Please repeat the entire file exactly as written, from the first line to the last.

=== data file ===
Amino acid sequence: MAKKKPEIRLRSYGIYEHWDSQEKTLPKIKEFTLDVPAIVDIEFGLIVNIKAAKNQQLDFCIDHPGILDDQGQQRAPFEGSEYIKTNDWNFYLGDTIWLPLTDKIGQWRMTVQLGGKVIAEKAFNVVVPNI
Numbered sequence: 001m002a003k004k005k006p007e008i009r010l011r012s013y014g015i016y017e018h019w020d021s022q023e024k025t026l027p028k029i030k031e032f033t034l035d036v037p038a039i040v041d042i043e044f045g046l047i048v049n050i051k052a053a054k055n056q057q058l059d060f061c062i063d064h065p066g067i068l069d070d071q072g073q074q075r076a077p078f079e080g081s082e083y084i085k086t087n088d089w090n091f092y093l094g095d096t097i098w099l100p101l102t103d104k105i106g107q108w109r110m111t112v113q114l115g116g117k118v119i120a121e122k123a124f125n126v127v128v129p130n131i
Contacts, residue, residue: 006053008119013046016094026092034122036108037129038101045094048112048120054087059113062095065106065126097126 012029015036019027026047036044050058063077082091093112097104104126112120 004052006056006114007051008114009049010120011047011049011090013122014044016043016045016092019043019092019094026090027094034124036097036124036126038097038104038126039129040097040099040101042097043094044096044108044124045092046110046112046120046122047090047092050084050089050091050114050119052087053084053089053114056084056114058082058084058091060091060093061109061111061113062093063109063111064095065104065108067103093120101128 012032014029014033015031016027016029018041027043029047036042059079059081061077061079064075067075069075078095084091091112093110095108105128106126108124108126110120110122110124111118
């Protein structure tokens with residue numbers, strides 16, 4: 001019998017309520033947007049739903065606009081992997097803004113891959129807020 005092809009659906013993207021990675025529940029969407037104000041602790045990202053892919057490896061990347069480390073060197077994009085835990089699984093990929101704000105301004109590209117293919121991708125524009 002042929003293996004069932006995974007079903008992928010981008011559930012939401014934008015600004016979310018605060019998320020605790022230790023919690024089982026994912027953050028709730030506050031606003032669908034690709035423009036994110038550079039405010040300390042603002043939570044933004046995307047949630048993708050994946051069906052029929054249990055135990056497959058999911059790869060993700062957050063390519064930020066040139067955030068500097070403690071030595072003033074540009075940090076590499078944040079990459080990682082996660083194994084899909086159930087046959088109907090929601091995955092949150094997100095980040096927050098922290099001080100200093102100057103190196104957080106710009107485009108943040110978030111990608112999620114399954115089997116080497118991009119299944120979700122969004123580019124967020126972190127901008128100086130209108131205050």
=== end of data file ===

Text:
Amino acid sequence: MAKKKPEIRLRSYGIYEHWDSQEKTLPKIKEFTLDVPAIVDIEFGLIVNIKAAKNQQLDFCIDHPGILDDQGQQRAPFEGSEYIKTNDWNFYLGDTIWLPLTDKIGQWRMTVQLGGKVIAEKAFNVVVPNI
Numbered sequence: 001m002a003k004k005k006p007e008i009r010l011r012s013y014g015i016y017e018h019w020d021s022q023e024k025t026l027p028k029i030k031e032f033t034l035d036v037p038a039i040v041d042i043e044f045g046l047i048v049n050i051k052a053a054k055n056q057q058l059d060f061c062i063d064h065p066g067i068l069d070d071q072g073q074q075r076a077p078f079e080g081s082e083y084i085k086t087n088d089w090n091f092y093l094g095d096t097i098w099l100p101l102t103d104k105i106g107q108w109r110m111t112v113q114l115g116g117k118v119i120a121e122k123a124f125n126v127v128v129p130n131i
Contacts, residue, residue: 006053008119013046016094026092034122036108037129038101045094048112048120054087059113062095065106065126097126 012029015036019027026047036044050058063077082091093112097104104126112120 004052006056006114007051008114009049010120011047011049011090013122014044016043016045016092019043019092019094026090027094034124036097036124036126038097038104038126039129040097040099040101042097043094044096044108044124045092046110046112046120046122047090047092050084050089050091050114050119052087053084053089053114056084056114058082058084058091060091060093061109061111061113062093063109063111064095065104065108067103093120101128 012032014029014033015031016027016029018041027043029047036042059079059081061077061079064075067075069075078095084091091112093110095108105128106126108124108126110120110122110124111118
């Protein structure tokens with residue numbers, strides 16, 4: 001019998017309520033947007049739903065606009081992997097803004113891959129807020 005092809009659906013993207021990675025529940029969407037104000041602790045990202053892919057490896061990347069480390073060197077994009085835990089699984093990929101704000105301004109590209117293919121991708125524009 002042929003293996004069932006995974007079903008992928010981008011559930012939401014934008015600004016979310018605060019998320020605790022230790023919690024089982026994912027953050028709730030506050031606003032669908034690709035423009036994110038550079039405010040300390042603002043939570044933004046995307047949630048993708050994946051069906052029929054249990055135990056497959058999911059790869060993700062957050063390519064930020066040139067955030068500097070403690071030595072003033074540009075940090076590499078944040079990459080990682082996660083194994084899909086159930087046959088109907090929601091995955092949150094997100095980040096927050098922290099001080100200093102100057103190196104957080106710009107485009108943040110978030111990608112999620114399954115089997116080497118991009119299944120979700122969004123580019124967020126972190127901008128100086130209108131205050």